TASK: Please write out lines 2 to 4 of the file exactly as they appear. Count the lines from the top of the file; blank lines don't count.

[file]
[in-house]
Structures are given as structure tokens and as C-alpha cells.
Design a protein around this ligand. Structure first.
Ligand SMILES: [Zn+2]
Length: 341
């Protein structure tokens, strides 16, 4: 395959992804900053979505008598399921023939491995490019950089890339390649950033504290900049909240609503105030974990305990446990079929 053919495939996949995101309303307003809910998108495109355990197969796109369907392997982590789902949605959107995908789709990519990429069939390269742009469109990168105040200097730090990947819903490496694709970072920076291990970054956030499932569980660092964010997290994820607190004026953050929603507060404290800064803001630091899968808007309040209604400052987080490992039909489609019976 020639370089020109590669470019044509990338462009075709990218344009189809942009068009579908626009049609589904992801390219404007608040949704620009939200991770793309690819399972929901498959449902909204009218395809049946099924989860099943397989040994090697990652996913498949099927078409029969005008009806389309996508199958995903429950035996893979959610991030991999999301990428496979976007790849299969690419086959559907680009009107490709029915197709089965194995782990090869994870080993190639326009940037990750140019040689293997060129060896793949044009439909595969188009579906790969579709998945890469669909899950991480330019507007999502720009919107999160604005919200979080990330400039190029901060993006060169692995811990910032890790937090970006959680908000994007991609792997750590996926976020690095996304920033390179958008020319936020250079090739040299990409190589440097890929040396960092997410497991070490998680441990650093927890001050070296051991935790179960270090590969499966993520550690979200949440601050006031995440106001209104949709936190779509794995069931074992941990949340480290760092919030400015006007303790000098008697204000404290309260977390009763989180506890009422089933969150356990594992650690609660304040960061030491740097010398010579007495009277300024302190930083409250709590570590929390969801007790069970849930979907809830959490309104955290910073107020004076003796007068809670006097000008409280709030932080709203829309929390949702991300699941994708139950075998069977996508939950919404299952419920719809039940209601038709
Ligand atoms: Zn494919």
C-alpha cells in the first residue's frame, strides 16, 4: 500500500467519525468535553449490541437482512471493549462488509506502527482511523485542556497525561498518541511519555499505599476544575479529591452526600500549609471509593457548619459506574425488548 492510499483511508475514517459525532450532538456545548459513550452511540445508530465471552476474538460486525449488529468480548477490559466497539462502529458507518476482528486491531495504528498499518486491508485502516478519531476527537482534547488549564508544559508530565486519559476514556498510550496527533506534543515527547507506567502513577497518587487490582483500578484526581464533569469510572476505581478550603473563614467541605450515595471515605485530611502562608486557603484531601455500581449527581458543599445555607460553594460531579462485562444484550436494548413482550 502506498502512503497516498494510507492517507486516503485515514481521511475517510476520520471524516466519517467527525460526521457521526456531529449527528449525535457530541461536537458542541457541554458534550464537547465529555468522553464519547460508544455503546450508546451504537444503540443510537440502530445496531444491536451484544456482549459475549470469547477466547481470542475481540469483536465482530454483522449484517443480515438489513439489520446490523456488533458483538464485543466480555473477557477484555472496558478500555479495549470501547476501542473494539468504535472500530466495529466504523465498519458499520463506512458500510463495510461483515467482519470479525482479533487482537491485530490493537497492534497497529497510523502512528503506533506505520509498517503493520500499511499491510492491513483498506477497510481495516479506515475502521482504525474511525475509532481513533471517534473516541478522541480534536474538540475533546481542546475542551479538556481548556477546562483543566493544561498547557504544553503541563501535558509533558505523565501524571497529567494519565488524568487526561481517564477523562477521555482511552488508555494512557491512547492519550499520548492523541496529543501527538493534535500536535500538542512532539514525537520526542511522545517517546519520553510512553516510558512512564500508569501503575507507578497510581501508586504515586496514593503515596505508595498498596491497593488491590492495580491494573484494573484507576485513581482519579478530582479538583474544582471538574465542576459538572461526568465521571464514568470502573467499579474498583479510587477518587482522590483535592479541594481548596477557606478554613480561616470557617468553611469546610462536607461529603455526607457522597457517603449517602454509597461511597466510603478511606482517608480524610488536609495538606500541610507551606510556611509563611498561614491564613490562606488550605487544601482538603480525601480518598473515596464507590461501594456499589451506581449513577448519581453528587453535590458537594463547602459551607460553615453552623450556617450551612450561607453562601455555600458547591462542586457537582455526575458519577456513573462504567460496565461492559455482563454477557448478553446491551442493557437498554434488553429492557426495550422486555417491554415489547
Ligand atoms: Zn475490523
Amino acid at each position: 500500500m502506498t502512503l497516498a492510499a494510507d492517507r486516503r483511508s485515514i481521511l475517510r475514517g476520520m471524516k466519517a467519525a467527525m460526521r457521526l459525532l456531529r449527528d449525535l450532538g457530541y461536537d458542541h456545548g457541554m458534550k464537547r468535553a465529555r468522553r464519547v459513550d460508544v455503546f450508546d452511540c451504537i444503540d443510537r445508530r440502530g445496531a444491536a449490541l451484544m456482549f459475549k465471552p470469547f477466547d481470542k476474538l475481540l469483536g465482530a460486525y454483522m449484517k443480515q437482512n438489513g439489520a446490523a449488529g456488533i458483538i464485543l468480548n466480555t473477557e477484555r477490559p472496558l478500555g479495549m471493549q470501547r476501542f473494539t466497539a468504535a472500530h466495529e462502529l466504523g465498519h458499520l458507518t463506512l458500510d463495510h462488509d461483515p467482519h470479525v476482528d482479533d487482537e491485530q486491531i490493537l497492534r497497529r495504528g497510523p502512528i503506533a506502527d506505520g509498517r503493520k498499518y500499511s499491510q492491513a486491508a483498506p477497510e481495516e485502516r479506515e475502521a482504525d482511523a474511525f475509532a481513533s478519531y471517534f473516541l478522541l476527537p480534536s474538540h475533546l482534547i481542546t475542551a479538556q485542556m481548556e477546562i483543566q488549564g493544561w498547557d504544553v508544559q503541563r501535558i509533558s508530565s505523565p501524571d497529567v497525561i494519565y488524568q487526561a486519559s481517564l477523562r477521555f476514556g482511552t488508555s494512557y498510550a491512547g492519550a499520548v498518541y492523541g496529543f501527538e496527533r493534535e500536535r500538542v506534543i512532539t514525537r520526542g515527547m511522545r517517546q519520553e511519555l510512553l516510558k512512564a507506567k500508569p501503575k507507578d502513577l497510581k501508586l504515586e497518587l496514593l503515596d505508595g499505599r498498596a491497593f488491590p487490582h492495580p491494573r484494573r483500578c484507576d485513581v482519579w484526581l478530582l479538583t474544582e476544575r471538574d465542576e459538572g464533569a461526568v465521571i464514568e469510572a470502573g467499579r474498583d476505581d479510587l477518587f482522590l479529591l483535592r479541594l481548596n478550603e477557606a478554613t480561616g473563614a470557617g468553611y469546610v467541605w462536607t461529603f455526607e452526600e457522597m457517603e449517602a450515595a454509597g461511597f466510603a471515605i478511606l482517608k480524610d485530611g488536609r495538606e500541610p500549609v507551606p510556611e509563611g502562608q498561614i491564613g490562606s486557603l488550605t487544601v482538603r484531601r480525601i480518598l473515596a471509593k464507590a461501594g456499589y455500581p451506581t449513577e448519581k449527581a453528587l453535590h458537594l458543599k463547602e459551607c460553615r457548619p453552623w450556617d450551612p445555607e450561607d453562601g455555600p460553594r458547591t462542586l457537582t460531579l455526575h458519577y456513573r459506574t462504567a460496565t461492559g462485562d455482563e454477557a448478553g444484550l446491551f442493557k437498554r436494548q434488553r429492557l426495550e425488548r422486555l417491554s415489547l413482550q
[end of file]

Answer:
Structures are given as structure tokens and as C-alpha cells.
Design a protein around this ligand. Structure first.
Ligand SMILES: [Zn+2]